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US: UPDATED - 3 pilots go for eye treatment after multiple LaGuardia laser illuminations

A pilot on an Air Canada commercial airliner, and two New York police officers on a helicopter, sustained eye injuries from a laser beam pointed at aircraft flying into and out of LaGuardia Airport on March 9 2015. According to police, the helicopter officers were treated and released in stable condition. The Air Canada pilot was taken to a hospital in Toronto for treatment.

On the evening of March 9, the Federal Aviation Administration notified the New York Police Department aviation department that someone was pointing laser beams at aircraft landing and taking off from LaGuardia Airport. A helicopter was dispatched to try and “draw fire.” Nothing happened for about 20 minutes, until the helicopter flew a path similar to an aircraft landing approach. On the second pass, a laser was aimed at the helicopter.

Both pilots were hit. Said one, “You feel a strong tingle in your eyes. You have a burnt spot where you can’t see. It is very dangerous for any pilot to be blinded.”

Ground officers went to the apartment of Frank Egan, 36. His mother invited the officers inside, where they found a device labeled “Laser 303.” According to police, Egan admitted using the laser pointer. He said it was purchased for $50 in an Orlando shop while on vacation.

He was charged with assault on a police officer, felony assault, menacing a police officer, reckless endangerment, and criminal possession of a weapon.

The next day, March 10, Egan told reporters that he did not aim the beam and that he was sleeping at the time of the incident.


From NBC 4 New York, the New York Post and the New York Times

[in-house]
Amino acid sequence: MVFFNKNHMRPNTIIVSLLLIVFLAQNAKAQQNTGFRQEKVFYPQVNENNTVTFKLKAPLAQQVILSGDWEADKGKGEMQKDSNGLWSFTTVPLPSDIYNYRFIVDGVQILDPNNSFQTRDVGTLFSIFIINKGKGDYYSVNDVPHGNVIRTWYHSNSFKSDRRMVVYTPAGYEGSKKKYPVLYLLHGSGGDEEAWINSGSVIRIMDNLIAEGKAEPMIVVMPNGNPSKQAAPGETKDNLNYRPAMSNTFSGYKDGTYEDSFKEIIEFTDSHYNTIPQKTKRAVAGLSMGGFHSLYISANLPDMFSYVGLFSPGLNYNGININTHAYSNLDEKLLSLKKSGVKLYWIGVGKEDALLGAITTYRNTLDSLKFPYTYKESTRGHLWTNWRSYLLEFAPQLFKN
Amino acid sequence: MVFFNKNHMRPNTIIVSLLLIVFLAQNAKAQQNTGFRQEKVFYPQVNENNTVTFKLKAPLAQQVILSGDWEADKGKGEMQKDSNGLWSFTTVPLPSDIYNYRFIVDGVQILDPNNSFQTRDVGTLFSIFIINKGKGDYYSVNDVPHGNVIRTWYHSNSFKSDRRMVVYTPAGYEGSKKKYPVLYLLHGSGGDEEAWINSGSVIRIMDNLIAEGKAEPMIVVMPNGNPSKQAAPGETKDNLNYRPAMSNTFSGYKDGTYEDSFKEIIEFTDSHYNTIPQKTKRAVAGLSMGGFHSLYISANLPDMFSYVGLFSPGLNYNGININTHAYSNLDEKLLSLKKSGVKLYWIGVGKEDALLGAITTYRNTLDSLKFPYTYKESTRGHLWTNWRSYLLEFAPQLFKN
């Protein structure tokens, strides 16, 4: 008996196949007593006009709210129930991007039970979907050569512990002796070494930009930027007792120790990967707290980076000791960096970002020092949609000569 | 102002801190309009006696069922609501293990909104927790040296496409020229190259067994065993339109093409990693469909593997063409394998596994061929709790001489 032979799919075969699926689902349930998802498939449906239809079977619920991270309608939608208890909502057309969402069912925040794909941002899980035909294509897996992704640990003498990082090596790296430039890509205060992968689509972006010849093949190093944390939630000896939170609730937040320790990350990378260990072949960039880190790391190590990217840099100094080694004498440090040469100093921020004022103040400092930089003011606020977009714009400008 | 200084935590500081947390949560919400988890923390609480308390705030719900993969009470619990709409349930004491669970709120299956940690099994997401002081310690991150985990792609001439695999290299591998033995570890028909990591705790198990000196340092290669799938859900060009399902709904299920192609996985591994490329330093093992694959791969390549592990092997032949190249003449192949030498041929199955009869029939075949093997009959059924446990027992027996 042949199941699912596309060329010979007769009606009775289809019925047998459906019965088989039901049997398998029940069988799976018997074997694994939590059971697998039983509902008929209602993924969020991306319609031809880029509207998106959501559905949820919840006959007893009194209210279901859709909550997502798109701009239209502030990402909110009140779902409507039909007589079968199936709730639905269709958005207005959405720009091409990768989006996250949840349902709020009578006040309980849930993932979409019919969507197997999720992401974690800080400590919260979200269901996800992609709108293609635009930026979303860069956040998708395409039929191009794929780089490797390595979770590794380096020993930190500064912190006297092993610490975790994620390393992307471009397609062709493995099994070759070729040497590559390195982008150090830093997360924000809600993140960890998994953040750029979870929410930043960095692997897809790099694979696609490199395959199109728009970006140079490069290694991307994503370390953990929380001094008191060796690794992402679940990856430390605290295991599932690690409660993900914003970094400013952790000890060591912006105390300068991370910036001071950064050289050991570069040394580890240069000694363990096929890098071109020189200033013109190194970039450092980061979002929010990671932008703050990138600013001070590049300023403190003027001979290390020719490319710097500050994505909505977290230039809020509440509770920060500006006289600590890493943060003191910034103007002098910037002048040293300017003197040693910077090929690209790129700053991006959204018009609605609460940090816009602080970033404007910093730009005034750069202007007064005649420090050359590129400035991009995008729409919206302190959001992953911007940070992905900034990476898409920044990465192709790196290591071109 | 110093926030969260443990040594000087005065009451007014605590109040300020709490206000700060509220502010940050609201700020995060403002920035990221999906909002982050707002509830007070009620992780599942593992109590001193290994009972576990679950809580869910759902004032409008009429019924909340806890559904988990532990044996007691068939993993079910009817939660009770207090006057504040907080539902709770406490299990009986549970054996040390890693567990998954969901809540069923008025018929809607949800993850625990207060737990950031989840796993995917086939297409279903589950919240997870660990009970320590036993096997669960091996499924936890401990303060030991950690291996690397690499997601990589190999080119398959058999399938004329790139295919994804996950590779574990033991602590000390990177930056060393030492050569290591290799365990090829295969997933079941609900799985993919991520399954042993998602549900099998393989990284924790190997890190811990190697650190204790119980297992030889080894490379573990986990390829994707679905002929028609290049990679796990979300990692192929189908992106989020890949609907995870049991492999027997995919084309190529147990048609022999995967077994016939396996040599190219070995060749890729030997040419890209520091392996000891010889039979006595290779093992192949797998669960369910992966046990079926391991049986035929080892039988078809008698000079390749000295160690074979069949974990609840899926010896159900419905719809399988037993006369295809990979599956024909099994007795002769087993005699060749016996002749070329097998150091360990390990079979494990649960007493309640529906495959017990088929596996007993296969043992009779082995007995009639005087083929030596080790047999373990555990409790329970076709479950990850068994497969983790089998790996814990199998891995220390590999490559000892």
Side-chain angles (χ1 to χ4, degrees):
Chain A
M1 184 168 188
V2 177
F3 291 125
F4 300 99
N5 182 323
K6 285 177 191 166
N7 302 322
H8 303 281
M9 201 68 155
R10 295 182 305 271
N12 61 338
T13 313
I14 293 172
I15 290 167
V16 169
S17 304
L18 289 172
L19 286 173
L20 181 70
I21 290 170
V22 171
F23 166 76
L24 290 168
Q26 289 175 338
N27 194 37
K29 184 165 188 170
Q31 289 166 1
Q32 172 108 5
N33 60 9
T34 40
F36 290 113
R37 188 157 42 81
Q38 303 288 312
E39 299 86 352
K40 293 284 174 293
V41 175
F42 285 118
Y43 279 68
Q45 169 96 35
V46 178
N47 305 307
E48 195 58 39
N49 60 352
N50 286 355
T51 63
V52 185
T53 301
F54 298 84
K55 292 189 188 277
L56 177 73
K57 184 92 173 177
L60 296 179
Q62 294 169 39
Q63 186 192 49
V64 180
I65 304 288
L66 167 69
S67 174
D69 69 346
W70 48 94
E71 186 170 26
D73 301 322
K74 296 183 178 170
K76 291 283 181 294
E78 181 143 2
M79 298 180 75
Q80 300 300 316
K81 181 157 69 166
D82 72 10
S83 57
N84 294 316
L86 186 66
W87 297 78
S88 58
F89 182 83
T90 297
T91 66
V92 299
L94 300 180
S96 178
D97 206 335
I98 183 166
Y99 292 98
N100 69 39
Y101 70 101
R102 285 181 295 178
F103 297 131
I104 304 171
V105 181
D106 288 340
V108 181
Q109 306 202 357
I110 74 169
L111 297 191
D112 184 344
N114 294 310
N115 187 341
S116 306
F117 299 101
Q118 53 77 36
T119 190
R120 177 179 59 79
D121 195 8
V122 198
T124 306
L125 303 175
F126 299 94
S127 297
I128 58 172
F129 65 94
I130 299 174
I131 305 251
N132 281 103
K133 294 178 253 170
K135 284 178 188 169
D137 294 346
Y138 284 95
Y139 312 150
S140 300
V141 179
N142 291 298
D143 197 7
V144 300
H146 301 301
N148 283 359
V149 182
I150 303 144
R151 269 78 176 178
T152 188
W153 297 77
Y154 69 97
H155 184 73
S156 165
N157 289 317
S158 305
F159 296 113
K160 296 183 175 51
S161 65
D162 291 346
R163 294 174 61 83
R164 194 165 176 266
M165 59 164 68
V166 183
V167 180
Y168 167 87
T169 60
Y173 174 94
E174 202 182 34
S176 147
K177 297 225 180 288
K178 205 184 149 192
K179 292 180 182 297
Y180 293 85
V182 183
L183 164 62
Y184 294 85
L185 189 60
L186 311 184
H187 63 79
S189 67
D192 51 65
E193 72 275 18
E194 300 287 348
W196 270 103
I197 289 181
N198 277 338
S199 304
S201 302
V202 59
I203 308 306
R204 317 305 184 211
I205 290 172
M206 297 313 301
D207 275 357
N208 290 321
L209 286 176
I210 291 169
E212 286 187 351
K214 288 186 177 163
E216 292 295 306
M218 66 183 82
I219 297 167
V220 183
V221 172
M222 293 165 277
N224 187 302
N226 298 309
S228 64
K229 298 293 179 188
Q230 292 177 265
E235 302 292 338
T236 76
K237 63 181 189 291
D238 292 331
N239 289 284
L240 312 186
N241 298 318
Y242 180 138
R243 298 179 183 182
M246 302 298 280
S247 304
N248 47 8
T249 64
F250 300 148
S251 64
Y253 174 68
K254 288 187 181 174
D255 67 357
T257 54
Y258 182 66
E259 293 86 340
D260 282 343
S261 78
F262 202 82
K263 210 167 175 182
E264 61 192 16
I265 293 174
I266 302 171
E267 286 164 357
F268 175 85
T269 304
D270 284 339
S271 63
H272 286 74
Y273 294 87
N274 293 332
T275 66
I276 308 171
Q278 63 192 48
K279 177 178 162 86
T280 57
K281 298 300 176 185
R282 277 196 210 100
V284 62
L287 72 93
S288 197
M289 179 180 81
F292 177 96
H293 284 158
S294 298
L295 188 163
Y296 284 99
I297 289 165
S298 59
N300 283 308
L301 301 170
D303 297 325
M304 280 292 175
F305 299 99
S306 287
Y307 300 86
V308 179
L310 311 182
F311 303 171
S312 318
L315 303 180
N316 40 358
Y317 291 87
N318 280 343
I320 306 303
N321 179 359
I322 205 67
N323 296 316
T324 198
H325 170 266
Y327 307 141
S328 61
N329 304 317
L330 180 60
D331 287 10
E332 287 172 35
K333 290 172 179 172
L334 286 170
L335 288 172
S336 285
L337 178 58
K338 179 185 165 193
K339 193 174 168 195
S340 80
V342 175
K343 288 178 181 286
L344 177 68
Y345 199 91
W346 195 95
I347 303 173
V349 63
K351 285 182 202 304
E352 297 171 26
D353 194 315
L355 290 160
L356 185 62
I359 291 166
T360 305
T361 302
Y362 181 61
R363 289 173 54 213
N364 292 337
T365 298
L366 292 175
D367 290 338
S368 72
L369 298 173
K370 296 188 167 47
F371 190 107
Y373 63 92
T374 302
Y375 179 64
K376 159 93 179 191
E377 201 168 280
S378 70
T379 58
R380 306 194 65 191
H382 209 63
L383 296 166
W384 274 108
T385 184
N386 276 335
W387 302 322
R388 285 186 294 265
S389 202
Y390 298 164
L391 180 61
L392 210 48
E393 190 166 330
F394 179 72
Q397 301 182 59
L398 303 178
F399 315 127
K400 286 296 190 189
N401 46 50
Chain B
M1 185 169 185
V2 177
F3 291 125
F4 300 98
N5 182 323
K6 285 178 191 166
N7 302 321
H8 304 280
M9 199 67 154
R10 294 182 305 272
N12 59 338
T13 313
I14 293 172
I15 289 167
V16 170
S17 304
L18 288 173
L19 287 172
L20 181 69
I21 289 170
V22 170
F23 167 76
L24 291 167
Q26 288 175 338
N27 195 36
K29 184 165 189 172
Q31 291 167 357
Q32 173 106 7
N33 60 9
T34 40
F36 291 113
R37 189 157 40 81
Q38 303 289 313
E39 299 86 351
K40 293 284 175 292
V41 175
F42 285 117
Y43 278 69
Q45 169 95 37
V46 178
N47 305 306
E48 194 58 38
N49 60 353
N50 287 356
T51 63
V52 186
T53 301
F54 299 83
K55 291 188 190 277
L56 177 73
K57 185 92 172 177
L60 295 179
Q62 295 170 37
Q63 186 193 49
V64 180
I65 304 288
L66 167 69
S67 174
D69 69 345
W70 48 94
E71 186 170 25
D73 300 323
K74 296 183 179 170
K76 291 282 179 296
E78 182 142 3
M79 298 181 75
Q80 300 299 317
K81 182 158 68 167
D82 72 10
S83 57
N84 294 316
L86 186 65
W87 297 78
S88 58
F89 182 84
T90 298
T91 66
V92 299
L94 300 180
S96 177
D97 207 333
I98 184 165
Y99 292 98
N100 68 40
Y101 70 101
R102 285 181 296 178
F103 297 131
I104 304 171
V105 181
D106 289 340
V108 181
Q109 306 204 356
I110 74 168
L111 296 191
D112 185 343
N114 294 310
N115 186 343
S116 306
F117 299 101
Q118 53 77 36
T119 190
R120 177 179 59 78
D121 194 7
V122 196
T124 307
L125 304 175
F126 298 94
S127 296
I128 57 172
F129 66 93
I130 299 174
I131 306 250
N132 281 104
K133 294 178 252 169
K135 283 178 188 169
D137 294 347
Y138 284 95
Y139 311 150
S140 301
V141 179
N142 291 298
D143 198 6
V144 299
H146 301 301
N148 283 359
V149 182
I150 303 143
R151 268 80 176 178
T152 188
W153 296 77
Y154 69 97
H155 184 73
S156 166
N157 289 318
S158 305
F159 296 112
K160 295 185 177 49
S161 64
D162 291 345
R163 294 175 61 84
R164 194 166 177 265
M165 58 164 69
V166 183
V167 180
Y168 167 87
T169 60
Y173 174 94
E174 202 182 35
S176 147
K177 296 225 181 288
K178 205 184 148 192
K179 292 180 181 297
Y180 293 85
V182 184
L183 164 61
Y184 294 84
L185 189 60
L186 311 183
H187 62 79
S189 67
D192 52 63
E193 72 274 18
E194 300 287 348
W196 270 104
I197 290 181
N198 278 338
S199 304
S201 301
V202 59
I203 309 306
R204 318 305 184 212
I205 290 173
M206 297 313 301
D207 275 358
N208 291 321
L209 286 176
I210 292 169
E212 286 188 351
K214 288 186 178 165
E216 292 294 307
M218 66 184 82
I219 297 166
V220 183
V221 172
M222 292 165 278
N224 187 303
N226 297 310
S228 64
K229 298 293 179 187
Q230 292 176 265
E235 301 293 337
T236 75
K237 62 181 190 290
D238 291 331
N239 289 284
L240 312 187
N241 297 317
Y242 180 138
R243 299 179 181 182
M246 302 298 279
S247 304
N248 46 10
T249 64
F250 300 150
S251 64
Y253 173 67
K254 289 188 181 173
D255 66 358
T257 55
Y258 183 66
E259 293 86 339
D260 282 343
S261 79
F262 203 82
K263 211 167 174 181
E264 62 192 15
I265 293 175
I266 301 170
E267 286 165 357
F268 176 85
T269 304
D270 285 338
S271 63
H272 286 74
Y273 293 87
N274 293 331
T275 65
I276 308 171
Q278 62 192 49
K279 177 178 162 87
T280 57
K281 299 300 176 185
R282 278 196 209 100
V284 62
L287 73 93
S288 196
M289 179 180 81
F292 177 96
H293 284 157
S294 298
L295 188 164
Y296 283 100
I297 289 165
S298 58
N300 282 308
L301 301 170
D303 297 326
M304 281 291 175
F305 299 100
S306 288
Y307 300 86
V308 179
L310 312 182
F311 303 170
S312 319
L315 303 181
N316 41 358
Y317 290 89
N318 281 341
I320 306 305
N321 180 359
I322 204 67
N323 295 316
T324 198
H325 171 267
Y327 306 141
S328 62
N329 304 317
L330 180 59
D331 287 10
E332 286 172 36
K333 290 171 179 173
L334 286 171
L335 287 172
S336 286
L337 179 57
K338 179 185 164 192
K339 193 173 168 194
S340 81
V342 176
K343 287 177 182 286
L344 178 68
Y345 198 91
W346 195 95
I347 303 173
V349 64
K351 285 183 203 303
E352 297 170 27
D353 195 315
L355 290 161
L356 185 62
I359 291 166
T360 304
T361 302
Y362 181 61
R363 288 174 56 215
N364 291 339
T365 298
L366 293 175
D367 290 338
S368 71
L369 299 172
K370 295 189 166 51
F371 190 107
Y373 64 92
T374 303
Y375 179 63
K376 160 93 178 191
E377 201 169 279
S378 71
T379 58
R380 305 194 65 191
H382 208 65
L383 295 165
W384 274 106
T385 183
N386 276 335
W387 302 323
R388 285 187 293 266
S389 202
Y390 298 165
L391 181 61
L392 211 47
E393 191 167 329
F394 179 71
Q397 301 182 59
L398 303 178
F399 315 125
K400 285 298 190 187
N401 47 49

UPDATED March 14 2015: Frank Egan’s roommate and brother-in-law, Elehecer Balaguer, 54, claimed that he was the one using the laser pointer. According to the New York Times, Balaguer swore an oath in New York State Supreme Court on March 13 2015 that he, not Egan, was responsible: “Frank had nothing to do with it. I was the one that did it. It was just a kid thing. It was a stupid thing to do.” Balaguer first denied aiming at aircraft, then after being asked two more times, confessed “I pointed it at the plane, yes, thinking it was a …” and his voice trailed off. He then said “But I didn’t mean to hurt anybody.” According to Egan’s lawyer, Egan never told the police he used the laser, contrary to the police statement after Egan’s arrest. From the New York Times. A related article in the New York Times published March 12 2015 was entitled “Powerful Lasers Easy to Buy, Experts Say.” The New York Post called the laser “military-grade” and said it had been purchased while on vacation in Orlando.

Elehecer Balaguer laser
Elehecer Balaguer in court


UPDATED March 17 2015: Balaguer was charged on March 16 2015 in federal court with aiming a laser pointer at an aircraft. This has a maximum penalty of five years in prison and a $250,000 fine. FAA officials said they had to redirect traffic in and out of LaGuardia on March 9 to avoid going over the Bronx, where Balaguer and Egan lived. Balaguer’s attorney said the suspect “uses methadone every day and takes medication for bipolar disorder”, and that he was “harmless”: “It was stupidity, not venality.” From the Wall Street Journal.

UPDATED May 5 2015: Balauger pleaded guilty in U.S. District Court to aiming a laser pointer at an aircraft. He could face up to five years in prison. The judge said sentencing guidelines call for between 2 and 2 1/2 years. He said sentencing of Balauger would not be routine “Given his psychiatric history, given his apparent lack of any wrongful intent, I can see one set of arguments being made; on the other hand I can see a different set of arguments because of the danger presented,” said the judge. Sentencing was scheduled for September 9 2015. According to the New York Post, Balauger is a disabled ex-heroin dealer who has a history of schizophrenia and left school after ninth grade. From CBS New York, the New York Post, and the New York Times.